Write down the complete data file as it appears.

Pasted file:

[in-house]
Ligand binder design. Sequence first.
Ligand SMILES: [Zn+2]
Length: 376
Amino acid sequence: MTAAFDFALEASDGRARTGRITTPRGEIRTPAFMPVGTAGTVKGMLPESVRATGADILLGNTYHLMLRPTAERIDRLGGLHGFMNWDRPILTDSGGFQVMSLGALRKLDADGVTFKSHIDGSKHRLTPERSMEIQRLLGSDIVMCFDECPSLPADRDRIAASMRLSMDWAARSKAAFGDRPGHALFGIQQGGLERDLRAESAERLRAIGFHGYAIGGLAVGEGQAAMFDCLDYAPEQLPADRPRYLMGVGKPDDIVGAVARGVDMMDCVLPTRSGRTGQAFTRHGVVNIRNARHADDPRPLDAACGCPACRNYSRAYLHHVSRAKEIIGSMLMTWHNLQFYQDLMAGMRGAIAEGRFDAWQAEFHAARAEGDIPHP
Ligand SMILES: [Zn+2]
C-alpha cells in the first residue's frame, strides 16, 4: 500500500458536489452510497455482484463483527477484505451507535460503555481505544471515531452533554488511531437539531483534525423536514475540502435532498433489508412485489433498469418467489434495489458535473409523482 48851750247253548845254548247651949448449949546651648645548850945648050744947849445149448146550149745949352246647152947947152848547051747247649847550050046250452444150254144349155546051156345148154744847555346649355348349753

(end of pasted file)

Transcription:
[in-house]
Ligand binder design. Sequence first.
Ligand SMILES: [Zn+2]
Length: 376
Amino acid sequence: MTAAFDFALEASDGRARTGRITTPRGEIRTPAFMPVGTAGTVKGMLPESVRATGADILLGNTYHLMLRPTAERIDRLGGLHGFMNWDRPILTDSGGFQVMSLGALRKLDADGVTFKSHIDGSKHRLTPERSMEIQRLLGSDIVMCFDECPSLPADRDRIAASMRLSMDWAARSKAAFGDRPGHALFGIQQGGLERDLRAESAERLRAIGFHGYAIGGLAVGEGQAAMFDCLDYAPEQLPADRPRYLMGVGKPDDIVGAVARGVDMMDCVLPTRSGRTGQAFTRHGVVNIRNARHADDPRPLDAACGCPACRNYSRAYLHHVSRAKEIIGSMLMTWHNLQFYQDLMAGMRGAIAEGRFDAWQAEFHAARAEGDIPHP
Ligand SMILES: [Zn+2]
C-alpha cells in the first residue's frame, strides 16, 4: 500500500458536489452510497455482484463483527477484505451507535460503555481505544471515531452533554488511531437539531483534525423536514475540502435532498433489508412485489433498469418467489434495489458535473409523482 48851750247253548845254548247651949448449949546651648645548850945648050744947849445149448146550149745949352246647152947947152848547051747247649847550050046250452444150254144349155546051156345148154744847555346649355348349753